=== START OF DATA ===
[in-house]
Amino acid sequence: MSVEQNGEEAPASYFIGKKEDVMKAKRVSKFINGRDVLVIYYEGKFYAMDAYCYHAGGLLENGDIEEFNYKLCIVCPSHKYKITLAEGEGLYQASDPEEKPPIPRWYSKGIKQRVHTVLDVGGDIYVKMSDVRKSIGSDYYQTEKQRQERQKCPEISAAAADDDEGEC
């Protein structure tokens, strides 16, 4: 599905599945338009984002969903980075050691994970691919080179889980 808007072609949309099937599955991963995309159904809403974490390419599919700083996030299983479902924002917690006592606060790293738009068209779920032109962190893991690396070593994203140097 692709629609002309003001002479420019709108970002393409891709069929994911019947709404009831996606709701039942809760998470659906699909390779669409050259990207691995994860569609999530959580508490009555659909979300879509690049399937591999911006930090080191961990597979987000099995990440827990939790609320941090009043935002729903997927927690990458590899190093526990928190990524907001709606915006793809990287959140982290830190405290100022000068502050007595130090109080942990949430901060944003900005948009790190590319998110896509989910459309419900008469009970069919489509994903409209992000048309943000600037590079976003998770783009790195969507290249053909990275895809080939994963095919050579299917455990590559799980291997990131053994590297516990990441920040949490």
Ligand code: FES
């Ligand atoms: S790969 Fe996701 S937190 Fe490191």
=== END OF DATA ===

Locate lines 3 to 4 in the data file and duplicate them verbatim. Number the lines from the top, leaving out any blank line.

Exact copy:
């Protein structure tokens, strides 16, 4: 599905599945338009984002969903980075050691994970691919080179889980 808007072609949309099937599955991963995309159904809403974490390419599919700083996030299983479902924002917690006592606060790293738009068209779920032109962190893991690396070593994203140097 692709629609002309003001002479420019709108970002393409891709069929994911019947709404009831996606709701039942809760998470659906699909390779669409050259990207691995994860569609999530959580508490009555659909979300879509690049399937591999911006930090080191961990597979987000099995990440827990939790609320941090009043935002729903997927927690990458590899190093526990928190990524907001709606915006793809990287959140982290830190405290100022000068502050007595130090109080942990949430901060944003900005948009790190590319998110896509989910459309419900008469009970069919489509994903409209992000048309943000600037590079976003998770783009790195969507290249053909990275895809080939994963095919050579299917455990590559799980291997990131053994590297516990990441920040949490």
Ligand code: FES